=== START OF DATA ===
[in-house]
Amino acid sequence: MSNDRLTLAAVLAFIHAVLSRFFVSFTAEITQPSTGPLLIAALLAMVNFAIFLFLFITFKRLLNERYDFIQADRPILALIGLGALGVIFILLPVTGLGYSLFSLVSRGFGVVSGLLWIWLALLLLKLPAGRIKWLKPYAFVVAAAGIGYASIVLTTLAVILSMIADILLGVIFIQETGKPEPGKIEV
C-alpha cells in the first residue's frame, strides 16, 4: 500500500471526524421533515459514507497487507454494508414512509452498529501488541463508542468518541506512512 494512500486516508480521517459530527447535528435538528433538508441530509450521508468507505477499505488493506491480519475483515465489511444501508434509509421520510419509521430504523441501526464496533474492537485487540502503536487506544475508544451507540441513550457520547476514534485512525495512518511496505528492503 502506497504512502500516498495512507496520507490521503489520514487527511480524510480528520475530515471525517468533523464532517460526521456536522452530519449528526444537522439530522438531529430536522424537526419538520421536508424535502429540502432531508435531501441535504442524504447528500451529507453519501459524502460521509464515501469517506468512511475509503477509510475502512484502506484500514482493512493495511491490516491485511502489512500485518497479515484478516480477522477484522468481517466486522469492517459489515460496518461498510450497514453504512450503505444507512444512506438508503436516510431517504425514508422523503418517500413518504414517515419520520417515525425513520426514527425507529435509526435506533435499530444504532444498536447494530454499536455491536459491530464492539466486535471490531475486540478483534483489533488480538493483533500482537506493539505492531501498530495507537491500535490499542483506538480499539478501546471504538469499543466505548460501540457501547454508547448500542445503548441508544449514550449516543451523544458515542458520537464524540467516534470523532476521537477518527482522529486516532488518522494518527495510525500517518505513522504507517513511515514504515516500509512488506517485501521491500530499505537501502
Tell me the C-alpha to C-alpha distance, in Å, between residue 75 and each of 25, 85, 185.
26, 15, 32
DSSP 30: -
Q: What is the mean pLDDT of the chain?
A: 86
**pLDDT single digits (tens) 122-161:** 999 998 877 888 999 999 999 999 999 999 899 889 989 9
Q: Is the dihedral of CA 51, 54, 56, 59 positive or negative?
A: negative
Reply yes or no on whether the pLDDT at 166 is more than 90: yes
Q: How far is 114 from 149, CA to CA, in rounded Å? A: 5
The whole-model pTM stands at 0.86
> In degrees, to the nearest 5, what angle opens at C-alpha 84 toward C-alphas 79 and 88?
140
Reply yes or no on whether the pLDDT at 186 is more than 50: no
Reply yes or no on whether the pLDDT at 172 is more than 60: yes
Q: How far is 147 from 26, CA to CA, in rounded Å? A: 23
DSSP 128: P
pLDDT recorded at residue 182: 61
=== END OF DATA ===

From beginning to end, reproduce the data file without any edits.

[in-house]
Amino acid sequence: MSNDRLTLAAVLAFIHAVLSRFFVSFTAEITQPSTGPLLIAALLAMVNFAIFLFLFITFKRLLNERYDFIQADRPILALIGLGALGVIFILLPVTGLGYSLFSLVSRGFGVVSGLLWIWLALLLLKLPAGRIKWLKPYAFVVAAAGIGYASIVLTTLAVILSMIADILLGVIFIQETGKPEPGKIEV
C-alpha cells in the first residue's frame, strides 16, 4: 500500500471526524421533515459514507497487507454494508414512509452498529501488541463508542468518541506512512 494512500486516508480521517459530527447535528435538528433538508441530509450521508468507505477499505488493506491480519475483515465489511444501508434509509421520510419509521430504523441501526464496533474492537485487540502503536487506544475508544451507540441513550457520547476514534485512525495512518511496505528492503 502506497504512502500516498495512507496520507490521503489520514487527511480524510480528520475530515471525517468533523464532517460526521456536522452530519449528526444537522439530522438531529430536522424537526419538520421536508424535502429540502432531508435531501441535504442524504447528500451529507453519501459524502460521509464515501469517506468512511475509503477509510475502512484502506484500514482493512493495511491490516491485511502489512500485518497479515484478516480477522477484522468481517466486522469492517459489515460496518461498510450497514453504512450503505444507512444512506438508503436516510431517504425514508422523503418517500413518504414517515419520520417515525425513520426514527425507529435509526435506533435499530444504532444498536447494530454499536455491536459491530464492539466486535471490531475486540478483534483489533488480538493483533500482537506493539505492531501498530495507537491500535490499542483506538480499539478501546471504538469499543466505548460501540457501547454508547448500542445503548441508544449514550449516543451523544458515542458520537464524540467516534470523532476521537477518527482522529486516532488518522494518527495510525500517518505513522504507517513511515514504515516500509512488506517485501521491500530499505537501502
Tell me the C-alpha to C-alpha distance, in Å, between residue 75 and each of 25, 85, 185.
26, 15, 32
DSSP 30: -
Q: What is the mean pLDDT of the chain?
A: 86
**pLDDT single digits (tens) 122-161:** 999 998 877 888 999 999 999 999 999 999 899 889 989 9
Q: Is the dihedral of CA 51, 54, 56, 59 positive or negative?
A: negative
Reply yes or no on whether the pLDDT at 166 is more than 90: yes
Q: How far is 114 from 149, CA to CA, in rounded Å? A: 5
The whole-model pTM stands at 0.86
> In degrees, to the nearest 5, what angle opens at C-alpha 84 toward C-alphas 79 and 88?
140
Reply yes or no on whether the pLDDT at 186 is more than 50: no
Reply yes or no on whether the pLDDT at 172 is more than 60: yes
Q: How far is 147 from 26, CA to CA, in rounded Å? A: 23
DSSP 128: P
pLDDT recorded at residue 182: 61